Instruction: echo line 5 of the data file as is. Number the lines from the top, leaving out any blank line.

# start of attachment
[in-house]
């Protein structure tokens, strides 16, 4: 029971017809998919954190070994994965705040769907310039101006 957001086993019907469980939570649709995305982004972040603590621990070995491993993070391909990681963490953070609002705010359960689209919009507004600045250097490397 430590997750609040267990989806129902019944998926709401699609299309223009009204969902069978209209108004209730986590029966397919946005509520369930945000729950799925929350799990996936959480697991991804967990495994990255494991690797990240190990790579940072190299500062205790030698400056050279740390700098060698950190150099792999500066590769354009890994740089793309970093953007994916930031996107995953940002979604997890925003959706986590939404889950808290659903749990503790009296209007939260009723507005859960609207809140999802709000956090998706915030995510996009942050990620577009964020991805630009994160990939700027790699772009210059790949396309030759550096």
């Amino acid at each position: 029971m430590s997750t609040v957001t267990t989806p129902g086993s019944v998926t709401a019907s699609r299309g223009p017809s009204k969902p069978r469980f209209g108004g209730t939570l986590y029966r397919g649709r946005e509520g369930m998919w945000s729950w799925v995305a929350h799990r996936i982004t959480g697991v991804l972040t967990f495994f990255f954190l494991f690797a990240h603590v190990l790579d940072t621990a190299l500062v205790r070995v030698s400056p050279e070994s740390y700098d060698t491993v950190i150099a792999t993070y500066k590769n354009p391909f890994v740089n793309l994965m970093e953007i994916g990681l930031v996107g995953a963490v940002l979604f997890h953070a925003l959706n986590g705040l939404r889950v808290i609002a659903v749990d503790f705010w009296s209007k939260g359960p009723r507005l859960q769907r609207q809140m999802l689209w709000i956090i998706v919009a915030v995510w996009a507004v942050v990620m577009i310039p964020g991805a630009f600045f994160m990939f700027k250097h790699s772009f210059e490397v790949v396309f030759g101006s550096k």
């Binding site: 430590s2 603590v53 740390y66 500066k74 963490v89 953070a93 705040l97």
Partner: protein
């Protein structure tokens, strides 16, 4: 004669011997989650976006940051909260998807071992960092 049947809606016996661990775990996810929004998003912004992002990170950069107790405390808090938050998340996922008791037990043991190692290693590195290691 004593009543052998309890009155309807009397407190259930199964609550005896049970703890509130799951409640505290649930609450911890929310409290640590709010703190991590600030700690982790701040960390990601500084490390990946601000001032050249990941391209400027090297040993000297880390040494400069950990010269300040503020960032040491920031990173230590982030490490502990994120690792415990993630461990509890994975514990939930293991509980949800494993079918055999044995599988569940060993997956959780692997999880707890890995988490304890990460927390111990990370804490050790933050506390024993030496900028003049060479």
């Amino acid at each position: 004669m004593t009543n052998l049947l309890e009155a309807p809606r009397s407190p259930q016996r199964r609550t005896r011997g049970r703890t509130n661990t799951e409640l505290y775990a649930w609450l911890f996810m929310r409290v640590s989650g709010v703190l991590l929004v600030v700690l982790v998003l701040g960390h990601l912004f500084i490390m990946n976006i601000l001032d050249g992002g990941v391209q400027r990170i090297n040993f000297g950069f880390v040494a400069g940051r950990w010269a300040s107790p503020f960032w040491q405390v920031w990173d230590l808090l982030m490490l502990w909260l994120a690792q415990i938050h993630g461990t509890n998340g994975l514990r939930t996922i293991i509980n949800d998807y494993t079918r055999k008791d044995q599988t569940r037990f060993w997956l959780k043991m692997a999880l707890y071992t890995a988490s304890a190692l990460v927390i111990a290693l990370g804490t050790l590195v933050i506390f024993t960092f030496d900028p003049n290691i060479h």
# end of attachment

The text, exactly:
Partner: protein